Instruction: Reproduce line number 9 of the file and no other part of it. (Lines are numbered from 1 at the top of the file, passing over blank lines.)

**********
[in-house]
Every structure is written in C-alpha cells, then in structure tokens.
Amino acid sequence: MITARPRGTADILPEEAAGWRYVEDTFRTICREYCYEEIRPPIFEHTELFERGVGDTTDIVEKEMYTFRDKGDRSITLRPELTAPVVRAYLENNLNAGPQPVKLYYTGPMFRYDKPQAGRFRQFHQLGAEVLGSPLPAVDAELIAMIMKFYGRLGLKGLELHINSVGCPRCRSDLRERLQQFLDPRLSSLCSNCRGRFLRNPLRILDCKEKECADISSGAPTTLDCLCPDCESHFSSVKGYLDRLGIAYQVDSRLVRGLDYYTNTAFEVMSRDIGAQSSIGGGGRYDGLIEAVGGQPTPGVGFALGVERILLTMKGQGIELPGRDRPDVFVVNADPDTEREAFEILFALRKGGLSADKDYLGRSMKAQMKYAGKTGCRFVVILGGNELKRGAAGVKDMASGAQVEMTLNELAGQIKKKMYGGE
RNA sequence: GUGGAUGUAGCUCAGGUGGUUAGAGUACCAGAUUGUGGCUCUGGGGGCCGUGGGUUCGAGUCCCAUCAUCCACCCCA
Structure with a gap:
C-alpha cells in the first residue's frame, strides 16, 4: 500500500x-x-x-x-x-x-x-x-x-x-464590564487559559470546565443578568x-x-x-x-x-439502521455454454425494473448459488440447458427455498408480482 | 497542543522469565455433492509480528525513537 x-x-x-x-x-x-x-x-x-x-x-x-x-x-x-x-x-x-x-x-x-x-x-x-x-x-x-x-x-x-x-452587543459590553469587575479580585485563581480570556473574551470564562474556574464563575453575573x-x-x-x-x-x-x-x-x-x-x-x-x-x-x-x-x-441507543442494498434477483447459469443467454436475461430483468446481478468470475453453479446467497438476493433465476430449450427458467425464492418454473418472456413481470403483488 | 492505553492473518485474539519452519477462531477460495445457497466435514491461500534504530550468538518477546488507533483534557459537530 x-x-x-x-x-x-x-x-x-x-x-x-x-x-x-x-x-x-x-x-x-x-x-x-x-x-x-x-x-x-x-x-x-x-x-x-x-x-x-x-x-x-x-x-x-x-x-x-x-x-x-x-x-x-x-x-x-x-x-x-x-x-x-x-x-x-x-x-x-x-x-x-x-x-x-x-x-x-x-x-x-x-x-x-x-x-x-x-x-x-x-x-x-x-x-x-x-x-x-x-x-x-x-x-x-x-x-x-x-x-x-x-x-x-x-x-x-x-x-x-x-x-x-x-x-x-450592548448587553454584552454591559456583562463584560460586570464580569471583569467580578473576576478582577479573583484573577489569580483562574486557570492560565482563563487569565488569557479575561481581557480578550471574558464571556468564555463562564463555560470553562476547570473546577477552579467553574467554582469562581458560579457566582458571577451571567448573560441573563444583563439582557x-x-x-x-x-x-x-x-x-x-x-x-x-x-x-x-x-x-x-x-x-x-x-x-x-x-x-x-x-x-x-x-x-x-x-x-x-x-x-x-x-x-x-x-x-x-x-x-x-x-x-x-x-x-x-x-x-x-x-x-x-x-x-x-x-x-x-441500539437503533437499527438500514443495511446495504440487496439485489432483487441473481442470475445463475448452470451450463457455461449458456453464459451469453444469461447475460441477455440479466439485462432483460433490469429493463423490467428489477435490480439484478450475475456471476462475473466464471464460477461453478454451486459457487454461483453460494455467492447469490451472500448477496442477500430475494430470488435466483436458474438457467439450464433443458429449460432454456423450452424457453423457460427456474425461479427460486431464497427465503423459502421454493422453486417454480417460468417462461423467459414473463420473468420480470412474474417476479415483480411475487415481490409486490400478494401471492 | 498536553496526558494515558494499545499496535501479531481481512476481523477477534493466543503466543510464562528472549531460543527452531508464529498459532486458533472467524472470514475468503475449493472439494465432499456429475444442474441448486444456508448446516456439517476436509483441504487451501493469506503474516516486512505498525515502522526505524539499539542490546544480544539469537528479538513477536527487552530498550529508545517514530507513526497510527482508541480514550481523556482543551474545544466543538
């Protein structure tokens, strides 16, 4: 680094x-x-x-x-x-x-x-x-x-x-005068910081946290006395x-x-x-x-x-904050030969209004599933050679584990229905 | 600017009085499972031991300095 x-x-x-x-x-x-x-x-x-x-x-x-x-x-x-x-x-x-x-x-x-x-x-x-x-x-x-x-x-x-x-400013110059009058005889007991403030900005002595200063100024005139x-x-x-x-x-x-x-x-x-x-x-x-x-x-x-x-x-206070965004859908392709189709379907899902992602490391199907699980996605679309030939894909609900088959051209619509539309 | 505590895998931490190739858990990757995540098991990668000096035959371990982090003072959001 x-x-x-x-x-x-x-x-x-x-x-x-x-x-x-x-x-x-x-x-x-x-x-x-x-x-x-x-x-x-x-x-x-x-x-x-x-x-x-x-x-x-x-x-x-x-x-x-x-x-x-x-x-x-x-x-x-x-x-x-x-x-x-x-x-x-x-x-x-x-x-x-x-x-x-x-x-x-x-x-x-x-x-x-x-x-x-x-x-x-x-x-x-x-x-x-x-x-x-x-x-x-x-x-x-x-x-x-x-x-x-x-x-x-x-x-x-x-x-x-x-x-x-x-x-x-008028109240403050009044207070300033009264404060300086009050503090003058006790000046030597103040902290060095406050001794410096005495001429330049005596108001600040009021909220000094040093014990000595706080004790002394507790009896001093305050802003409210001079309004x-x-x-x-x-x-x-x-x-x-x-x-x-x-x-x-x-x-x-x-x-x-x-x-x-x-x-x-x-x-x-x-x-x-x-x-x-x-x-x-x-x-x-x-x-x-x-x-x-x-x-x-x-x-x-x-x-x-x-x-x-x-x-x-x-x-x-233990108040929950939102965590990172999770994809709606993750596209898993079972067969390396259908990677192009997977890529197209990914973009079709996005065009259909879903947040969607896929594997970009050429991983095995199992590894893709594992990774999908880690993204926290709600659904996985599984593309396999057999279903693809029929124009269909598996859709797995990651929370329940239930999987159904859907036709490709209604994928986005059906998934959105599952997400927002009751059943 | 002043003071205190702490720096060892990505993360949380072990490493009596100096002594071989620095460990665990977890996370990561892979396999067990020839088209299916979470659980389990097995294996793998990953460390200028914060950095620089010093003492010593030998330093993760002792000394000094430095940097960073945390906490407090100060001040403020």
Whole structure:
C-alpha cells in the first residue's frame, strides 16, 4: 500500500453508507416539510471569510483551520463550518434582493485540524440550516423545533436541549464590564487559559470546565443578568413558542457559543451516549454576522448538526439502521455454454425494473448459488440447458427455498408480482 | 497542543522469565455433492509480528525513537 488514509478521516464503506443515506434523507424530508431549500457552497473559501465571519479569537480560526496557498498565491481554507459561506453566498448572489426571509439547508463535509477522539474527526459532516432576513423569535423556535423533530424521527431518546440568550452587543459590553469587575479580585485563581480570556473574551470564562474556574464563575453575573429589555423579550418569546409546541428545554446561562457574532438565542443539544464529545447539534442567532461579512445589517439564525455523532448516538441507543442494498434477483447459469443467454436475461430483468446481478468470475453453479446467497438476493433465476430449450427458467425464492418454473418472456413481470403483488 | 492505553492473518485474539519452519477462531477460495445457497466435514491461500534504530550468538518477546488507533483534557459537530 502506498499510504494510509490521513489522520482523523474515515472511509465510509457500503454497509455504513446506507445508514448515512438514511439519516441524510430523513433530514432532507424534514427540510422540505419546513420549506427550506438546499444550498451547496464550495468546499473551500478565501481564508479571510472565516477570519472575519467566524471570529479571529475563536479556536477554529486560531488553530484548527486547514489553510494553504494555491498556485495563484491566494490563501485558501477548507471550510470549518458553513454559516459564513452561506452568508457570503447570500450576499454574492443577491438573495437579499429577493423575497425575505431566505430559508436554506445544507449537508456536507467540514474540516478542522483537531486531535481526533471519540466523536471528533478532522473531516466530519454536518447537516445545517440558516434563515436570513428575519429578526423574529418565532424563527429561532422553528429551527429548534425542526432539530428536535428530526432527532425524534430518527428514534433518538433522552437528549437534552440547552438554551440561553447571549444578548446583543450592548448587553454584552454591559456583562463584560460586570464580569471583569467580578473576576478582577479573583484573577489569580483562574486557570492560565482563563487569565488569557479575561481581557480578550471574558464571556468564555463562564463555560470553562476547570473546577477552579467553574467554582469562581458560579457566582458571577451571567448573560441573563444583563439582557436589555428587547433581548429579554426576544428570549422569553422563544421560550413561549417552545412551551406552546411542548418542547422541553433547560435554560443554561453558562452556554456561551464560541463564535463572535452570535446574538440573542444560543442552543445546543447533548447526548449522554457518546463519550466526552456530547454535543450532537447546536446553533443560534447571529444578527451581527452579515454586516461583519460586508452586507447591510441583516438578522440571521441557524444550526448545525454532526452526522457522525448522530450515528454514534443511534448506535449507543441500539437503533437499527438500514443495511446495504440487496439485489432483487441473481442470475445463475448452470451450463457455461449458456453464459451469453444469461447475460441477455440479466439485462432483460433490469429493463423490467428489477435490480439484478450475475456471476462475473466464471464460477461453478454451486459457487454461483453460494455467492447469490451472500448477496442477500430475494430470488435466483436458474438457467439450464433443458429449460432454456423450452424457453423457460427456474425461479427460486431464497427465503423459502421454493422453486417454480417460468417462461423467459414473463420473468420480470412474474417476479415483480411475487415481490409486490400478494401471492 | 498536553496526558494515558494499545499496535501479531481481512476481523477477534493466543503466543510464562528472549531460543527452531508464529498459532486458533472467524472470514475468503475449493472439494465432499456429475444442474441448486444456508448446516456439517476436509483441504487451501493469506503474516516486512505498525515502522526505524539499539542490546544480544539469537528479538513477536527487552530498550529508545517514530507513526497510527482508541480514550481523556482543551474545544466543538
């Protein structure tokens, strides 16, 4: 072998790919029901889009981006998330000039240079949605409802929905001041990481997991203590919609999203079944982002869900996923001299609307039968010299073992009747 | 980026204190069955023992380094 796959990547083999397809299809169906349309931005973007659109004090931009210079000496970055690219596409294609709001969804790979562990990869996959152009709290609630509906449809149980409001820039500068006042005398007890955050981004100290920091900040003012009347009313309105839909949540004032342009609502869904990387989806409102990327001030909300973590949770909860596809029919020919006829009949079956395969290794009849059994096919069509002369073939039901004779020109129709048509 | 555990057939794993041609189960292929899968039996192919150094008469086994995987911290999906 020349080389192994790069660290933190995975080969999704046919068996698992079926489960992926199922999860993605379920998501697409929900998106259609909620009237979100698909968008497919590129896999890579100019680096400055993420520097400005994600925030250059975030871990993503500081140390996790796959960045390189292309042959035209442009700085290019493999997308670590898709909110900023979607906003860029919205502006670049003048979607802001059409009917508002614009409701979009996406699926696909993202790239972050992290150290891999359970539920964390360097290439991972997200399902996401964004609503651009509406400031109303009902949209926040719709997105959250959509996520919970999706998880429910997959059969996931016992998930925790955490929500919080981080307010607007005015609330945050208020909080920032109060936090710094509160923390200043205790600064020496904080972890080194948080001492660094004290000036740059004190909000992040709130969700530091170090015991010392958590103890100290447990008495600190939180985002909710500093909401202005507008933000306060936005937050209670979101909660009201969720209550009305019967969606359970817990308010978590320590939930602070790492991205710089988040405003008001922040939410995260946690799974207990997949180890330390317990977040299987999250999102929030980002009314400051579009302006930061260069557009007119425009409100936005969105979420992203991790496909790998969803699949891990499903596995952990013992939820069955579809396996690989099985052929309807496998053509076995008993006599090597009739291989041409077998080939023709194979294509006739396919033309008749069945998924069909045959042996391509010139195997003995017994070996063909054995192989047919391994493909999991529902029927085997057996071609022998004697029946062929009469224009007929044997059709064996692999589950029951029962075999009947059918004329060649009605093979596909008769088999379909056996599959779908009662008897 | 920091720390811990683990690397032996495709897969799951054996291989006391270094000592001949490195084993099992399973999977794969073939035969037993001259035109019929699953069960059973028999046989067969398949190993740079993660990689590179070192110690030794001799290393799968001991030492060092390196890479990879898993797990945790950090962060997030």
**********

C-alpha cells in the first residue's frame, strides 16, 4: 500500500453508507416539510471569510483551520463550518434582493485540524440550516423545533436541549464590564487559559470546565443578568413558542457559543451516549454576522448538526439502521455454454425494473448459488440447458427455498408480482 | 497542543522469565455433492509480528525513537 488514509478521516464503506443515506434523507424530508431549500457552497473559501465571519479569537480560526496557498498565491481554507459561506453566498448572489426571509439547508463535509477522539474527526459532516432576513423569535423556535423533530424521527431518546440568550452587543459590553469587575479580585485563581480570556473574551470564562474556574464563575453575573429589555423579550418569546409546541428545554446561562457574532438565542443539544464529545447539534442567532461579512445589517439564525455523532448516538441507543442494498434477483447459469443467454436475461430483468446481478468470475453453479446467497438476493433465476430449450427458467425464492418454473418472456413481470403483488 | 492505553492473518485474539519452519477462531477460495445457497466435514491461500534504530550468538518477546488507533483534557459537530 502506498499510504494510509490521513489522520482523523474515515472511509465510509457500503454497509455504513446506507445508514448515512438514511439519516441524510430523513433530514432532507424534514427540510422540505419546513420549506427550506438546499444550498451547496464550495468546499473551500478565501481564508479571510472565516477570519472575519467566524471570529479571529475563536479556536477554529486560531488553530484548527486547514489553510494553504494555491498556485495563484491566494490563501485558501477548507471550510470549518458553513454559516459564513452561506452568508457570503447570500450576499454574492443577491438573495437579499429577493423575497425575505431566505430559508436554506445544507449537508456536507467540514474540516478542522483537531486531535481526533471519540466523536471528533478532522473531516466530519454536518447537516445545517440558516434563515436570513428575519429578526423574529418565532424563527429561532422553528429551527429548534425542526432539530428536535428530526432527532425524534430518527428514534433518538433522552437528549437534552440547552438554551440561553447571549444578548446583543450592548448587553454584552454591559456583562463584560460586570464580569471583569467580578473576576478582577479573583484573577489569580483562574486557570492560565482563563487569565488569557479575561481581557480578550471574558464571556468564555463562564463555560470553562476547570473546577477552579467553574467554582469562581458560579457566582458571577451571567448573560441573563444583563439582557436589555428587547433581548429579554426576544428570549422569553422563544421560550413561549417552545412551551406552546411542548418542547422541553433547560435554560443554561453558562452556554456561551464560541463564535463572535452570535446574538440573542444560543442552543445546543447533548447526548449522554457518546463519550466526552456530547454535543450532537447546536446553533443560534447571529444578527451581527452579515454586516461583519460586508452586507447591510441583516438578522440571521441557524444550526448545525454532526452526522457522525448522530450515528454514534443511534448506535449507543441500539437503533437499527438500514443495511446495504440487496439485489432483487441473481442470475445463475448452470451450463457455461449458456453464459451469453444469461447475460441477455440479466439485462432483460433490469429493463423490467428489477435490480439484478450475475456471476462475473466464471464460477461453478454451486459457487454461483453460494455467492447469490451472500448477496442477500430475494430470488435466483436458474438457467439450464433443458429449460432454456423450452424457453423457460427456474425461479427460486431464497427465503423459502421454493422453486417454480417460468417462461423467459414473463420473468420480470412474474417476479415483480411475487415481490409486490400478494401471492 | 498536553496526558494515558494499545499496535501479531481481512476481523477477534493466543503466543510464562528472549531460543527452531508464529498459532486458533472467524472470514475468503475449493472439494465432499456429475444442474441448486444456508448446516456439517476436509483441504487451501493469506503474516516486512505498525515502522526505524539499539542490546544480544539469537528479538513477536527487552530498550529508545517514530507513526497510527482508541480514550481523556482543551474545544466543538